An Introduction to Alternative Investments

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Books aren’t just for reading; wine isn’t always for drinking, and not only kids collect toys.

They’re all investment alternatives for financially aware people who want to combine an interest with their investing, or simply find the world of stocks and shares too dry or complex.

Alternative assets are becoming increasingly popular in the UK, and research suggests that more than six million Britons own alternative investments worth a total of £486 billion.

With alternative investments, there is fun is choosing your items, such as works of art and items of antique furniture, which can brighten your home as well as make a profit.

However, these are high-risk sectors and the value of your investments can go down as well as up, as fashions and demand change.

Research into your chosen field and careful selection of pieces are a must. Buying what you like best means you can enjoy your purchases even at times when they are not worth a great deal.

Here, UK Net Guide covers some of the most popular methods of alternative investment.


Investing in wine has rightly lost its stuffy image of dusty cellars owned by aristocrats and millionaires. It’s now a pursuit that’s affordable for people from every walk of life. For as little as £100 a month, you could enjoy a healthy return in just a few years.

There are many wine merchants in the UK that are willing to advise customers on the best bottles in which to invest. Though most will demand a commission – usually about 10% - when you sell.

Drinks investment scams are common, and thousands of investors fall for them each year, so care should be taken when seeking assistance and products. Credible companies include Dunbar Fine Wine, Magnum Fine Wines and Premier Cru Fine Wine Investments

Beware of companies touting whisky investment. There is no resale market in whisky.


No one can predict what books may or may not be valuable in the future. It’s unlikely, for instance, that anyone in 1997 guessed that a hardback copy of the debut novel by unknown children’s author JK Rowling would fetch £25,000 only six years later.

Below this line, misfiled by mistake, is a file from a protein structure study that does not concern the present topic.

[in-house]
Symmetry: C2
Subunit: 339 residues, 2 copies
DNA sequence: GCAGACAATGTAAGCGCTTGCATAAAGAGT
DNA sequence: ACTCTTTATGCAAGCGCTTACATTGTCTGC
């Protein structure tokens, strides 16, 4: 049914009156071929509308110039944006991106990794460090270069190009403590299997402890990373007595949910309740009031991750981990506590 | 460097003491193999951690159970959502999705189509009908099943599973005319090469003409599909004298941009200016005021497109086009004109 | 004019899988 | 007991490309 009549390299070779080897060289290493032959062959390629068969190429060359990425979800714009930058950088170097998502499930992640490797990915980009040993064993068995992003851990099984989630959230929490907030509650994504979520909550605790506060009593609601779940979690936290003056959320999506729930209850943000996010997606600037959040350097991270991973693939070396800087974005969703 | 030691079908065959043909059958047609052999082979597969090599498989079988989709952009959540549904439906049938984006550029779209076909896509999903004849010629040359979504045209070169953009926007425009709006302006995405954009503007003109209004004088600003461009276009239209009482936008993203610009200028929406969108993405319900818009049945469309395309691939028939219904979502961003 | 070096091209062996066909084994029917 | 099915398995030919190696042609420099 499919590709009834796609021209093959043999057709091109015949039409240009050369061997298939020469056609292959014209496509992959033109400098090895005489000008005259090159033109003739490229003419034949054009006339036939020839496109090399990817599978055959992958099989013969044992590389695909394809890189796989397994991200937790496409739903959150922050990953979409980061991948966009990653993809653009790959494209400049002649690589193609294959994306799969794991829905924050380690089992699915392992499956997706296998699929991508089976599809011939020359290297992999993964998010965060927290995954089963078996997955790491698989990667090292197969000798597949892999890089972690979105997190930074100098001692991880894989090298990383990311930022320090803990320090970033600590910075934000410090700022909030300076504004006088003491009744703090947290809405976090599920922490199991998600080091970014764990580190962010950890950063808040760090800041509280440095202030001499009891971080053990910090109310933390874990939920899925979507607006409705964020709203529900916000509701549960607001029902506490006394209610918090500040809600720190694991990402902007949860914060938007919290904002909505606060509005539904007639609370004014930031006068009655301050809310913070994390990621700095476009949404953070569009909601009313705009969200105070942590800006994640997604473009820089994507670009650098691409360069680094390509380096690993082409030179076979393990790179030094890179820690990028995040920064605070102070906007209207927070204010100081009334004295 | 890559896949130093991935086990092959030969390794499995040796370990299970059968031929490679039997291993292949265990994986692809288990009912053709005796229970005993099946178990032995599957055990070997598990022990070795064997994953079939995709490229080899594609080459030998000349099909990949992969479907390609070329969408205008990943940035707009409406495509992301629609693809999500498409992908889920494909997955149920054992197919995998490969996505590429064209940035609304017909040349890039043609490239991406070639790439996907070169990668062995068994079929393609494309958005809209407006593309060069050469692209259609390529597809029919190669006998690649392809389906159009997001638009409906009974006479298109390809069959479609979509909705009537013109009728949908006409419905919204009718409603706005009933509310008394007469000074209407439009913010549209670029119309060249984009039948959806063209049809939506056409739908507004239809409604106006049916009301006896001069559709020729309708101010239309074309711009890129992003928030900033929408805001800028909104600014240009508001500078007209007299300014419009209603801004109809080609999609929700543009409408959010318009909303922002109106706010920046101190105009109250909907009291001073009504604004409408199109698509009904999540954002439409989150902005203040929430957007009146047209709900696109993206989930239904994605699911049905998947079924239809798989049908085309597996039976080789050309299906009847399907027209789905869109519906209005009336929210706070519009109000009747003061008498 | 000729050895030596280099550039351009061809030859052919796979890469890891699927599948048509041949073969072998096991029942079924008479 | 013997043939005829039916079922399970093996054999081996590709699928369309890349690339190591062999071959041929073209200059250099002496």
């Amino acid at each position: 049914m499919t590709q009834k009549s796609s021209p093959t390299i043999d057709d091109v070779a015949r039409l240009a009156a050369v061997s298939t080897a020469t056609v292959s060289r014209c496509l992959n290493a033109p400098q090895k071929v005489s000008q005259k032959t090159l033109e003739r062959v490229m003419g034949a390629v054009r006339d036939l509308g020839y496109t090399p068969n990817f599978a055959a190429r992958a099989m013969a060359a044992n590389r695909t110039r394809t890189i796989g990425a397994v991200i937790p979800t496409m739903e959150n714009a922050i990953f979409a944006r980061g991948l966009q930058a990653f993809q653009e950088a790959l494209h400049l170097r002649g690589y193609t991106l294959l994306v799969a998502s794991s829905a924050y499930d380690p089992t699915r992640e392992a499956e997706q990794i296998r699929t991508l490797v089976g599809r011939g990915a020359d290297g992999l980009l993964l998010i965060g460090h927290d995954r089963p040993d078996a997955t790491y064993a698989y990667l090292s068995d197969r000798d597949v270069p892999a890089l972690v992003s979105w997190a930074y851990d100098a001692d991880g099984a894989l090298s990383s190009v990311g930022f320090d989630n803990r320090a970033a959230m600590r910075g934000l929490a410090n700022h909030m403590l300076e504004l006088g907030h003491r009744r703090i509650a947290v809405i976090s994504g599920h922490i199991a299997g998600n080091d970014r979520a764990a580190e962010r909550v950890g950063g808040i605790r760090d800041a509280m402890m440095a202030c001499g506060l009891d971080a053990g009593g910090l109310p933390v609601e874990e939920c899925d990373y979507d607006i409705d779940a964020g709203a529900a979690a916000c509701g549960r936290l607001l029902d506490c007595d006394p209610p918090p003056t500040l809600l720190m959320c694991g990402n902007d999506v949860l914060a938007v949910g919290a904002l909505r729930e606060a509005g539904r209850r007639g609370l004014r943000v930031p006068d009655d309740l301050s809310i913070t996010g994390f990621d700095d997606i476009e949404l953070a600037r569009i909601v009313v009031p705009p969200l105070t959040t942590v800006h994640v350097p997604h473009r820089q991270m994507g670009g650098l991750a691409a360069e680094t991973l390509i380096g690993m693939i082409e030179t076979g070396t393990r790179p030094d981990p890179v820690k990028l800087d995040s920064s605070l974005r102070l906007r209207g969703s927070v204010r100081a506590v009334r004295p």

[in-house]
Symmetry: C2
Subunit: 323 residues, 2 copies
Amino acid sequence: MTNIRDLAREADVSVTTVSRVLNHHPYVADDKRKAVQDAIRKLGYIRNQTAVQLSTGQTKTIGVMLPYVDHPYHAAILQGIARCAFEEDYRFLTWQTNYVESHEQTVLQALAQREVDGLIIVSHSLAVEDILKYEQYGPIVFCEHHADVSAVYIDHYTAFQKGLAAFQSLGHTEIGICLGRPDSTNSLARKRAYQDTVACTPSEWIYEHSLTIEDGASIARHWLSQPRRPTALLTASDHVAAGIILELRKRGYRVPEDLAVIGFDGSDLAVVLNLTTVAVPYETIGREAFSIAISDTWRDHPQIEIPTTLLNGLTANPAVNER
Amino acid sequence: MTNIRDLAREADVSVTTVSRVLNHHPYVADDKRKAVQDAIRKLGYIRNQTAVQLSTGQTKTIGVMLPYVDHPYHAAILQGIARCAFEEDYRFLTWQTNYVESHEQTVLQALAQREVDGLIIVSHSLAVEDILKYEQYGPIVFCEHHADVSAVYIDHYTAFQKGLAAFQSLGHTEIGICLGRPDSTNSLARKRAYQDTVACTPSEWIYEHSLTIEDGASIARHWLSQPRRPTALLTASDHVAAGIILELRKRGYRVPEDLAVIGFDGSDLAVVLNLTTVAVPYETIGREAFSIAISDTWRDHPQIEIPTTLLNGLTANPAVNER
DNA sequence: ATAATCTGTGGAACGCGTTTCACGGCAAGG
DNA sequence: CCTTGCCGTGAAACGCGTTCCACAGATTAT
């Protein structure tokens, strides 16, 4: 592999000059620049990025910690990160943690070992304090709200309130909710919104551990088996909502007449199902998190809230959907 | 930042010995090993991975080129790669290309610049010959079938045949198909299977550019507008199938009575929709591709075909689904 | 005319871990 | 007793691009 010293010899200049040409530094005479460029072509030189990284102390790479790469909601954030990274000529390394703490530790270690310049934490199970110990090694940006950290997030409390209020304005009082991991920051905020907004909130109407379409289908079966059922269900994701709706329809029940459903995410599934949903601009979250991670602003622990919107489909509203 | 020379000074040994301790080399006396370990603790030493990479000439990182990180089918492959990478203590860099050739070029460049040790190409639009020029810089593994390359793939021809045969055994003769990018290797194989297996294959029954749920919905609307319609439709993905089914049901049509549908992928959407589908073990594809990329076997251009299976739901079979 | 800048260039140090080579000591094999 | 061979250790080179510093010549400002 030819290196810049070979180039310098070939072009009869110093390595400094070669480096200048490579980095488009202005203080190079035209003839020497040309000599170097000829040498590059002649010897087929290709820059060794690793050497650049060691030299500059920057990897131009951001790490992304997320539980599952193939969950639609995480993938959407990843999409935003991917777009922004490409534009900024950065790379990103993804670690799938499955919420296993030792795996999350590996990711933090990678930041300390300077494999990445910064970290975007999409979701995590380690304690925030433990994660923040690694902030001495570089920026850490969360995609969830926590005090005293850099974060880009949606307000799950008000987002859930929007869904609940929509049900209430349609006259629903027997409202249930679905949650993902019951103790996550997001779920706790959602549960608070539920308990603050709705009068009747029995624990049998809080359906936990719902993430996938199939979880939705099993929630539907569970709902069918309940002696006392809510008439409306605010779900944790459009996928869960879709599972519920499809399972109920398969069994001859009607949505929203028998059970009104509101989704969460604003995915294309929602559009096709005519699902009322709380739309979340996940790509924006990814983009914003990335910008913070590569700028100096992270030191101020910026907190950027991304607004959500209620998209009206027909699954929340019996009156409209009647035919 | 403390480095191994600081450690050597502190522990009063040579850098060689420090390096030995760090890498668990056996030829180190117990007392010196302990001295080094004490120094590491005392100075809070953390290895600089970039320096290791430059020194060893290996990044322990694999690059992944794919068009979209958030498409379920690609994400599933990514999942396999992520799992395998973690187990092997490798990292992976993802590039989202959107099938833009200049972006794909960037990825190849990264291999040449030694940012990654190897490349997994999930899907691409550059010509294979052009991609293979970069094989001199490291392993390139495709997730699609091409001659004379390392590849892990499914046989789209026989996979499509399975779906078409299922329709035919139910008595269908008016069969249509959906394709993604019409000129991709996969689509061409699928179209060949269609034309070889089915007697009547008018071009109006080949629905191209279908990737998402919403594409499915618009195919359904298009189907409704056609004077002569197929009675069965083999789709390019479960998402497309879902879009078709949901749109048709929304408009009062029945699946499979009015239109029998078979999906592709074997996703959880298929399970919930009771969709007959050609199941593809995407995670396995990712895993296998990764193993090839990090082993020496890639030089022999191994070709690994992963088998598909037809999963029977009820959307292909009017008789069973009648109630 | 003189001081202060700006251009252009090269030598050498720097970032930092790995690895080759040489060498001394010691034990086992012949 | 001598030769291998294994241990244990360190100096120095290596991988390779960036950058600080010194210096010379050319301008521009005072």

First editions by well-known writers are the most likely to have some value. Book retailers now sell ‘deluxe’ versions of new publications, which are numbered and signed by the author and can triple in value within months of going on sale.

But ‘special’ editions are not a new phenomenon. In 1906, publishers released 500 copies of a limited edition of JM Barrie’s Peter Pan, each of which is now worth £6,000. Scouring second hand bookshops is unlikely to uncover too many such gems, though you should be able to find one or two tomes already on their way to being a good investment.

For more information, why not start with the Antiquarian Booksellers Association


Antique teddy bears are the most reliable toy investments, and the best are Steiff bears, which were first produced in the early 1900s and have been known to be worth more than £100,000.

However, more contemporary items, such as early Star Wars figures and the fashionable moveable models by illustrator James Jarvis, sometimes change hands for exorbitant amounts of cash.

Vintage toy robots – like the Masudaya Machine Man that sold for nearly £30,000 - and dolls such as early versions of Action Man and Barbie are very desirable.

Dinky toys from 1985 might be worth several times their original value, while ones from 40 years ago can sell for up to £500 each.

Vectis Auctions is a good place to start.


You don’t need to spend £24.75m – the amount Japanese insurance magnate Yasuo Goto famously paid in 1987 for Van Gogh's Still Life: Vase with Fifteen Sunflowers – to obtain something that is a sound investment.

Art works tend to hold their value, as well as providing nourishment for the soul. Surprisingly, even prints by leading artists such as Picasso are often within many people’s price range, and can be found at events such as The Affordable Art Fair and the Fresh Art Fair

Unknown artists can also be worth a punt (after all, it’s how Charles Saatchi keeps adding to his fortune).

Collecting art is best treated as a hobby first and an investment second, and you should rely on your own eye for picking works that may increase in value.


Antiques are among the most tangible alternative assets, and like works of art they are collected for their aesthetic appeal as much as their value. And like investing in art, investing in antiques is a medium-to-long term venture.

The trick is to choose a style and period you like best and stick to it, because collections of similar pieces are more likely to increase in price than a mishmash of items.

Pieces that you hope will become worthwhile assets should be examples of fine craftsmanship and be in good condition.

To maximise your profit, you should be buying items that will become popular in the future, rather than buy items that are already fashionable and expensive.

There are many useful online guides, such as the BBC’s and the Internet Antiques Guide


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